Then I began to question what was my favourite Hosoda film. And more importantly, why? The Girl Who leapt Through Time (2006) and Wolf Children (2012) were my first experiences with the filmmaker and have left their deepest tracks, encouraging me to re-watch them multiple times following the original double bill and always with great pleasure, and renewed curiosity. The former, I could say, is my favourite. So the obviously answer would be that; but if Summer Wars is the most critically essential film of his, why does The Girl Who Leapt Through Time feel so essential to me? Through this article, I want to breakdown the intimate details of Hosodas’ film and explore exactly why it is significant to me, even as a twenty-something.
‘Kyuta thinks he can stand on his own two feet already, but really he still needs someone to help him… I'll make up for what's missing inside his heart. That's the one thing this small-timer can still do!’ - Kumatetsu, Boy and the Beast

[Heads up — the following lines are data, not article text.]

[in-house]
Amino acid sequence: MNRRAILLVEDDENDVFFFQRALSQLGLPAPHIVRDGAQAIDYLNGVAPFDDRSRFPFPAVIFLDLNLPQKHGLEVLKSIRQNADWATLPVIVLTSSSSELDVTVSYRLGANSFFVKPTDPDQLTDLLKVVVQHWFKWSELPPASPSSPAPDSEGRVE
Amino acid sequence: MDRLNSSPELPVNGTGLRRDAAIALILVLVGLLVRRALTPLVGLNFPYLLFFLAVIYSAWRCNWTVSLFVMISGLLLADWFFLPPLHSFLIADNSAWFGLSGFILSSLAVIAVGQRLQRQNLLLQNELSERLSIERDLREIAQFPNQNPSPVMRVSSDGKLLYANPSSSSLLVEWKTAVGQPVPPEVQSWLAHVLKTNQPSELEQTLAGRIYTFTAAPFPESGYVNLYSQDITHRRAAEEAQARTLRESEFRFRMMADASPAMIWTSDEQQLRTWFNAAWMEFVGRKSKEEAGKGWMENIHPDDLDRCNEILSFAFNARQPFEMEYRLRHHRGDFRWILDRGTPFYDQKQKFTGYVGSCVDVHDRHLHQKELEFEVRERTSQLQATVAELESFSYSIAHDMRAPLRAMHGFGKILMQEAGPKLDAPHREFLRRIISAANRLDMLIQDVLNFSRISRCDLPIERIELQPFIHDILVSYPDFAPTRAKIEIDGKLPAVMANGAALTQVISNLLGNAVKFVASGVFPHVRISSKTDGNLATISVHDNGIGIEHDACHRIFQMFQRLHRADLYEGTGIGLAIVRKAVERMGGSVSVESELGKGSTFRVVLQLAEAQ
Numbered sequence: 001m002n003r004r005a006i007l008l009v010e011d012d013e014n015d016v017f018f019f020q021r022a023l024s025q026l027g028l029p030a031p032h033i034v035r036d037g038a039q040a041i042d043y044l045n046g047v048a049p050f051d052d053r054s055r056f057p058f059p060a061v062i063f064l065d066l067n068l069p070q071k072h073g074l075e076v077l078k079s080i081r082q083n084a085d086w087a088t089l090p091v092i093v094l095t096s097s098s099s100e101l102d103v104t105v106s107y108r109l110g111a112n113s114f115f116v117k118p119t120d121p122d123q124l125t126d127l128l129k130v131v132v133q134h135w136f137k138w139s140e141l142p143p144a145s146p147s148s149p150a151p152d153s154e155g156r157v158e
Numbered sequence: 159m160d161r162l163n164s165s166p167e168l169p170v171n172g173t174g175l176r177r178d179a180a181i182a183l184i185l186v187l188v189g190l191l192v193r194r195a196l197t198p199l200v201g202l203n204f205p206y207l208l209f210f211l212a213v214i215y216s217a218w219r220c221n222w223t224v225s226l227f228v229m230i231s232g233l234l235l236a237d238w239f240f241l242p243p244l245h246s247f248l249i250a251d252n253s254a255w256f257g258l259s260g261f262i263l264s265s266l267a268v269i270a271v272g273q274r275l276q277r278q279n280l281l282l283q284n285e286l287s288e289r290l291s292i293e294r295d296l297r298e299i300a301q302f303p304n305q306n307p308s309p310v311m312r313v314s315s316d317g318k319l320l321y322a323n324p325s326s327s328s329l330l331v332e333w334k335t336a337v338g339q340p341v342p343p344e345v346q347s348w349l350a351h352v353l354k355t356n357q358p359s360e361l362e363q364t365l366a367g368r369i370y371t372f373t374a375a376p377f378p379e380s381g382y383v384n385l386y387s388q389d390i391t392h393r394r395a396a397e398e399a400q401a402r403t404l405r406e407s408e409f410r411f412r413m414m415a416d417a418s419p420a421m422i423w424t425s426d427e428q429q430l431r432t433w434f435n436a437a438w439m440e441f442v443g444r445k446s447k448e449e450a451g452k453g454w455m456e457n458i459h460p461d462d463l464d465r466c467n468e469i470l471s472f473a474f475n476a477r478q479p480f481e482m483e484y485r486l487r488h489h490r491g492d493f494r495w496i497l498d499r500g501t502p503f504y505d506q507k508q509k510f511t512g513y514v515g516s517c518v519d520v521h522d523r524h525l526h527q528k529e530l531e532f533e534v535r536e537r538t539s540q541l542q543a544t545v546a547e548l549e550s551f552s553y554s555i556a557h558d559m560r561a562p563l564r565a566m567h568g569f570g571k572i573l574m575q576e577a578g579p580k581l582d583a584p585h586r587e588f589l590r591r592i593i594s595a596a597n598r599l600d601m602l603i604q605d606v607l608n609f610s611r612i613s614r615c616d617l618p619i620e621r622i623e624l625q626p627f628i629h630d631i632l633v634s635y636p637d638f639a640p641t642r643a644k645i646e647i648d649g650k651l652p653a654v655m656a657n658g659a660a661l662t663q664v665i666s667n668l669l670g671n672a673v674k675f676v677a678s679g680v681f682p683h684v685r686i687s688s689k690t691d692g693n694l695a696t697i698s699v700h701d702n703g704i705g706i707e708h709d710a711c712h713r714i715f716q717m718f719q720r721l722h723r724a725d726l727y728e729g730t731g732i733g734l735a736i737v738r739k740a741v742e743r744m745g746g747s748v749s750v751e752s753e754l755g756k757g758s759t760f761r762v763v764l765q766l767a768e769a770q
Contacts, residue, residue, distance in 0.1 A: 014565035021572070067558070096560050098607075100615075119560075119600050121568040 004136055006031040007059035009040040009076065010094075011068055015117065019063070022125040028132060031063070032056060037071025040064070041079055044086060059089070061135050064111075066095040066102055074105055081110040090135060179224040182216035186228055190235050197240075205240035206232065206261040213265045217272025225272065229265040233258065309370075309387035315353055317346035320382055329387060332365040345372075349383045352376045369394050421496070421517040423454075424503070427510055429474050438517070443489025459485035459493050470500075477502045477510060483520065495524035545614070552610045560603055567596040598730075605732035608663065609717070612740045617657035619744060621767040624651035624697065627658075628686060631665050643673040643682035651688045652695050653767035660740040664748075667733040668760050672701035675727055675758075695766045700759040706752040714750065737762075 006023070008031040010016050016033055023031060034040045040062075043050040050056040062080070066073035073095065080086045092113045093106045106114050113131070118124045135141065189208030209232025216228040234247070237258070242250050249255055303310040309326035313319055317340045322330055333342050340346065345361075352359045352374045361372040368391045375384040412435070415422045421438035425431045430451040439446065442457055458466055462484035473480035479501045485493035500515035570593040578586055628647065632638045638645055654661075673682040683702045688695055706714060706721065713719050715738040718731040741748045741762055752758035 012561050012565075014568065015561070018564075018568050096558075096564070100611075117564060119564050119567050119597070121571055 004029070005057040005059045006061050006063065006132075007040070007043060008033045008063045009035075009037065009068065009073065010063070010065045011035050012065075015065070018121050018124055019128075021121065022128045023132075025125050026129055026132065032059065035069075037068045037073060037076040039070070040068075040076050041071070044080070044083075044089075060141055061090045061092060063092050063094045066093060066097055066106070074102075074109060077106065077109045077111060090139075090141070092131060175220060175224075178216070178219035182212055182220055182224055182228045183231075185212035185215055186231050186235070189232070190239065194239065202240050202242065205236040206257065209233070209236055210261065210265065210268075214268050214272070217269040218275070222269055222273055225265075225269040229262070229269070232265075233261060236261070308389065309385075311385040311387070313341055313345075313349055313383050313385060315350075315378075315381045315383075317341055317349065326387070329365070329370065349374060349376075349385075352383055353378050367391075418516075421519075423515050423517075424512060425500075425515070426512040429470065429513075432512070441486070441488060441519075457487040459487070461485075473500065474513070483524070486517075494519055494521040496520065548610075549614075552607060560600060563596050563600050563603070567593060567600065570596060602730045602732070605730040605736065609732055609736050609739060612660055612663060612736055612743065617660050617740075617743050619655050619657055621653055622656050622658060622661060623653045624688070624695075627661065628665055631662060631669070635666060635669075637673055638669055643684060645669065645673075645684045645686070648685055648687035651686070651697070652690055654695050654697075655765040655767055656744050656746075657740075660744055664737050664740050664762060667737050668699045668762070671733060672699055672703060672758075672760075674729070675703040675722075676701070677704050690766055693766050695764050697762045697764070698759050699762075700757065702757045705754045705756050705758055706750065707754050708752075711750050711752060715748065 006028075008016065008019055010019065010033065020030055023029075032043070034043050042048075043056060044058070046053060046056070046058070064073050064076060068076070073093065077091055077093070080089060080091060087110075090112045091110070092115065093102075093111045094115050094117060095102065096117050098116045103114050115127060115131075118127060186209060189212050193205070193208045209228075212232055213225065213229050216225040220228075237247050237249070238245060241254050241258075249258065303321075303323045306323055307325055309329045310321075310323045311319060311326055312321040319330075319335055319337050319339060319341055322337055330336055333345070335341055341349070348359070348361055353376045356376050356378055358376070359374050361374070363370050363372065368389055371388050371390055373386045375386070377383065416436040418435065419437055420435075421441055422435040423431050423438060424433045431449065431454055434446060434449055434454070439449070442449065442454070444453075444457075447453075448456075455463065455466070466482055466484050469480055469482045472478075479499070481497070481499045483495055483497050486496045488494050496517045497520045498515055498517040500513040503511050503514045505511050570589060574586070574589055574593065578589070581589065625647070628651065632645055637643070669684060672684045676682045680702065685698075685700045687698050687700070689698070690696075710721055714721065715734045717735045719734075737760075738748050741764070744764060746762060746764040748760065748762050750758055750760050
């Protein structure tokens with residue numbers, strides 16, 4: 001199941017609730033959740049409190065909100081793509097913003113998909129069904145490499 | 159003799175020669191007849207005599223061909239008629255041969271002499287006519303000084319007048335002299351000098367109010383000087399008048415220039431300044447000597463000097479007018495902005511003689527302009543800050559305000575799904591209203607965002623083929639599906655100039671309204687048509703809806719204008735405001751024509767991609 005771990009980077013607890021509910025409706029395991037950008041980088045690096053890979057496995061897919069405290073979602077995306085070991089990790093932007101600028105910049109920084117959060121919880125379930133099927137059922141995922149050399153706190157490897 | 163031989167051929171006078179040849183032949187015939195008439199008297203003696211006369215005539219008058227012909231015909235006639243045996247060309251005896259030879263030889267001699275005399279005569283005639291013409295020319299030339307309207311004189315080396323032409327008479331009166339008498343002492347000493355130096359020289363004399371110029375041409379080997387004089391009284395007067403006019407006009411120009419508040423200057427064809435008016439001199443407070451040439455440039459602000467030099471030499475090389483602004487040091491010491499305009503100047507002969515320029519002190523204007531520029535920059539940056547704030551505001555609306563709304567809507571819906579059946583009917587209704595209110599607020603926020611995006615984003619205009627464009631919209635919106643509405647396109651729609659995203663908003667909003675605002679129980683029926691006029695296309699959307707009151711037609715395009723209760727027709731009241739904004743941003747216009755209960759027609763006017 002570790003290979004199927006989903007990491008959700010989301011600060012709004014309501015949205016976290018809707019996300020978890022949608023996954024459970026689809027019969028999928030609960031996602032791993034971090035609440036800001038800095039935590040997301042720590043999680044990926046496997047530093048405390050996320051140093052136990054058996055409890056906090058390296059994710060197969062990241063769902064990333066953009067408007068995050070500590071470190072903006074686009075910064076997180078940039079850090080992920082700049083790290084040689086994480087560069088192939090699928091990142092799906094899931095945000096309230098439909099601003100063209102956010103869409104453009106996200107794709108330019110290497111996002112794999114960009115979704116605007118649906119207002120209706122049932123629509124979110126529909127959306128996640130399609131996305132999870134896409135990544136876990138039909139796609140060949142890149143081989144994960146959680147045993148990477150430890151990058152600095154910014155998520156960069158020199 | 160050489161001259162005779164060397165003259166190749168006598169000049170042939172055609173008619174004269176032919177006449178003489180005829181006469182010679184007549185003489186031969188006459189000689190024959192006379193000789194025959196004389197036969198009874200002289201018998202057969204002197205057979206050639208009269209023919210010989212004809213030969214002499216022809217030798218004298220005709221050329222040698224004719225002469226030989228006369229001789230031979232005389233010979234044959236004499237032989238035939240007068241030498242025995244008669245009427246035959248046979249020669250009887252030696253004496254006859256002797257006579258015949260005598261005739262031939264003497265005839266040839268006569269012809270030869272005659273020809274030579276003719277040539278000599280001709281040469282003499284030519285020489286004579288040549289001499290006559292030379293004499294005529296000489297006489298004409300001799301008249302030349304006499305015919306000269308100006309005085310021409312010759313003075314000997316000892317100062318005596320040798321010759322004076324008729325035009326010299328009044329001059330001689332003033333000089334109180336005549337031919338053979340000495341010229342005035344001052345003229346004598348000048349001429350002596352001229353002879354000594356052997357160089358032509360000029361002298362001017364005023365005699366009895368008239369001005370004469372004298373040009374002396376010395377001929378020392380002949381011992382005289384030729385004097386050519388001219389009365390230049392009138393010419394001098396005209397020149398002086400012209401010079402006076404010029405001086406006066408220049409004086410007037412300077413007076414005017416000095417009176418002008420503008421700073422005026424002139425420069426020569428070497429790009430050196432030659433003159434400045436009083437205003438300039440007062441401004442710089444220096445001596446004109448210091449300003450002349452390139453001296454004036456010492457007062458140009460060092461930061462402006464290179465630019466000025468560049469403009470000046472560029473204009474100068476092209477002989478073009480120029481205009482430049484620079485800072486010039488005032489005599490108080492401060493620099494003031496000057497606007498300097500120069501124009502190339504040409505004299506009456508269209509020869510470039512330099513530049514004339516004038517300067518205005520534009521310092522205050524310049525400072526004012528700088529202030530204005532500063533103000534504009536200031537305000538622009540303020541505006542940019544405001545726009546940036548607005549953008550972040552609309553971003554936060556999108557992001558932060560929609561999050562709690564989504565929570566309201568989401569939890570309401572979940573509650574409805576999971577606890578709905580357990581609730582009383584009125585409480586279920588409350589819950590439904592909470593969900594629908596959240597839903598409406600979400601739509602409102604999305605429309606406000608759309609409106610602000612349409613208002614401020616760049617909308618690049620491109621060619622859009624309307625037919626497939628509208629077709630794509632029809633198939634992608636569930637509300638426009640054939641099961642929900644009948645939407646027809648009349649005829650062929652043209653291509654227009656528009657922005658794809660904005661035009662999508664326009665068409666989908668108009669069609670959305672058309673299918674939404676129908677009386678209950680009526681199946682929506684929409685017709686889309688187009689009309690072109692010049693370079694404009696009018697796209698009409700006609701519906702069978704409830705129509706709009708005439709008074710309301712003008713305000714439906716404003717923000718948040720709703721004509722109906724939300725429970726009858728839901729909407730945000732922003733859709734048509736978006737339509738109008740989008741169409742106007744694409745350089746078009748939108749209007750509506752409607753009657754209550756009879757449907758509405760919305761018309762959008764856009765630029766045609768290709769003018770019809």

Family, friendships, growing up, fantasy and adventure are all explored in anime. It’s, also many of the themes explored in his work that makes Mamoru Hosoda so widely accessible, even to those who otherwise would not enjoy the popular form of animation. With so many great projects under his belt, it is clear to see why Hosoda is highly regarded internationally as well as in his native Japan, cited as being ‘humble in tone, high in concept, and an absolute rollercoaster in style and animation’ (Cubillas, 2019). From working with large franchises such as the aforementioned Digimon and One Piece (2005), to working on his own independent productions, tipped to be the next Miyazaki, even once being hired and later fired from Studio Ghibli, and going on to found his own studio, Hosoda has left a large mark on the industry.